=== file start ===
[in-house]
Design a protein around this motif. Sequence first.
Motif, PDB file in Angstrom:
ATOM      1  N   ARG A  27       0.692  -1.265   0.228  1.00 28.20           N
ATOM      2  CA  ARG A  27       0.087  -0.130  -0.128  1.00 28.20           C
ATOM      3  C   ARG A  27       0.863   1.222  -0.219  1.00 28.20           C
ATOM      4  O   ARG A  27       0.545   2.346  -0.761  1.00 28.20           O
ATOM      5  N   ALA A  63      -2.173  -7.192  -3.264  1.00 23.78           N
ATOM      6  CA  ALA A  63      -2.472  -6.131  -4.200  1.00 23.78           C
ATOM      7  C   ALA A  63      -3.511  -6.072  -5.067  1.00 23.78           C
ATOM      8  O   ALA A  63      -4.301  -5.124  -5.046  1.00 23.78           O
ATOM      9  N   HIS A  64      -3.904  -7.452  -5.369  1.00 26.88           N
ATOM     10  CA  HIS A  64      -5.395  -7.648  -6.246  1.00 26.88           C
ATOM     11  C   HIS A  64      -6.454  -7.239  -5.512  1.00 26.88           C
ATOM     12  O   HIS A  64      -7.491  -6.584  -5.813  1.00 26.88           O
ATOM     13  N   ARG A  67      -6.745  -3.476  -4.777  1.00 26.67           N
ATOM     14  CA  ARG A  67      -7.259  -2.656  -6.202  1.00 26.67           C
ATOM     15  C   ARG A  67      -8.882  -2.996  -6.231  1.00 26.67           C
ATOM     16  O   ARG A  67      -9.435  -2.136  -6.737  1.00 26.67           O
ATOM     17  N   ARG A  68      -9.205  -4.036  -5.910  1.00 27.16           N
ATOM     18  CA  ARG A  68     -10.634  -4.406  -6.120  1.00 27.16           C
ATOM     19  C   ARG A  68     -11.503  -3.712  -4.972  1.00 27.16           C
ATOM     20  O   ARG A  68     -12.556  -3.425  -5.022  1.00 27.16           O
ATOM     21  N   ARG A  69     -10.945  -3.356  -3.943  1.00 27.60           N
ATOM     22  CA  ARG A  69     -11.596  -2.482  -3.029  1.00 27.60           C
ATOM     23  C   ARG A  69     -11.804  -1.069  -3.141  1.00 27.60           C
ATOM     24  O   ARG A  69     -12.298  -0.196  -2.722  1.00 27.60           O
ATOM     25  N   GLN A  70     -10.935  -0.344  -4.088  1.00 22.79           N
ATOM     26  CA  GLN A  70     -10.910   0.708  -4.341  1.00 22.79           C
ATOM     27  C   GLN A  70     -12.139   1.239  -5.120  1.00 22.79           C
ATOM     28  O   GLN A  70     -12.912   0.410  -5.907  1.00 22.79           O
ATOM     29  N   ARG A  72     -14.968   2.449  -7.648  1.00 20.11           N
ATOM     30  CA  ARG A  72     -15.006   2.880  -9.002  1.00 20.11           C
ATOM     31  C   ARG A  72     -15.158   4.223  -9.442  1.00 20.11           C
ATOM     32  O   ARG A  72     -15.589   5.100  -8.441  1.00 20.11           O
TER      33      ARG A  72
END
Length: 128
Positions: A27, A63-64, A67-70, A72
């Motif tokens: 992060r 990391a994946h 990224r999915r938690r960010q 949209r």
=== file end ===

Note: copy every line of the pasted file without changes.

[in-house]
Design a protein around this motif. Sequence first.
Motif, PDB file in Angstrom:
ATOM      1  N   ARG A  27       0.692  -1.265   0.228  1.00 28.20           N
ATOM      2  CA  ARG A  27       0.087  -0.130  -0.128  1.00 28.20           C
ATOM      3  C   ARG A  27       0.863   1.222  -0.219  1.00 28.20           C
ATOM      4  O   ARG A  27       0.545   2.346  -0.761  1.00 28.20           O
ATOM      5  N   ALA A  63      -2.173  -7.192  -3.264  1.00 23.78           N
ATOM      6  CA  ALA A  63      -2.472  -6.131  -4.200  1.00 23.78           C
ATOM      7  C   ALA A  63      -3.511  -6.072  -5.067  1.00 23.78           C
ATOM      8  O   ALA A  63      -4.301  -5.124  -5.046  1.00 23.78           O
ATOM      9  N   HIS A  64      -3.904  -7.452  -5.369  1.00 26.88           N
ATOM     10  CA  HIS A  64      -5.395  -7.648  -6.246  1.00 26.88           C
ATOM     11  C   HIS A  64      -6.454  -7.239  -5.512  1.00 26.88           C
ATOM     12  O   HIS A  64      -7.491  -6.584  -5.813  1.00 26.88           O
ATOM     13  N   ARG A  67      -6.745  -3.476  -4.777  1.00 26.67           N
ATOM     14  CA  ARG A  67      -7.259  -2.656  -6.202  1.00 26.67           C
ATOM     15  C   ARG A  67      -8.882  -2.996  -6.231  1.00 26.67           C
ATOM     16  O   ARG A  67      -9.435  -2.136  -6.737  1.00 26.67           O
ATOM     17  N   ARG A  68      -9.205  -4.036  -5.910  1.00 27.16           N
ATOM     18  CA  ARG A  68     -10.634  -4.406  -6.120  1.00 27.16           C
ATOM     19  C   ARG A  68     -11.503  -3.712  -4.972  1.00 27.16           C
ATOM     20  O   ARG A  68     -12.556  -3.425  -5.022  1.00 27.16           O
ATOM     21  N   ARG A  69     -10.945  -3.356  -3.943  1.00 27.60           N
ATOM     22  CA  ARG A  69     -11.596  -2.482  -3.029  1.00 27.60           C
ATOM     23  C   ARG A  69     -11.804  -1.069  -3.141  1.00 27.60           C
ATOM     24  O   ARG A  69     -12.298  -0.196  -2.722  1.00 27.60           O
ATOM     25  N   GLN A  70     -10.935  -0.344  -4.088  1.00 22.79           N
ATOM     26  CA  GLN A  70     -10.910   0.708  -4.341  1.00 22.79           C
ATOM     27  C   GLN A  70     -12.139   1.239  -5.120  1.00 22.79           C
ATOM     28  O   GLN A  70     -12.912   0.410  -5.907  1.00 22.79           O
ATOM     29  N   ARG A  72     -14.968   2.449  -7.648  1.00 20.11           N
ATOM     30  CA  ARG A  72     -15.006   2.880  -9.002  1.00 20.11           C
ATOM     31  C   ARG A  72     -15.158   4.223  -9.442  1.00 20.11           C
ATOM     32  O   ARG A  72     -15.589   5.100  -8.441  1.00 20.11           O
TER      33      ARG A  72
END
Length: 128
Positions: A27, A63-64, A67-70, A72
């Motif tokens: 992060r 990391a994946h 990224r999915r938690r960010q 949209r």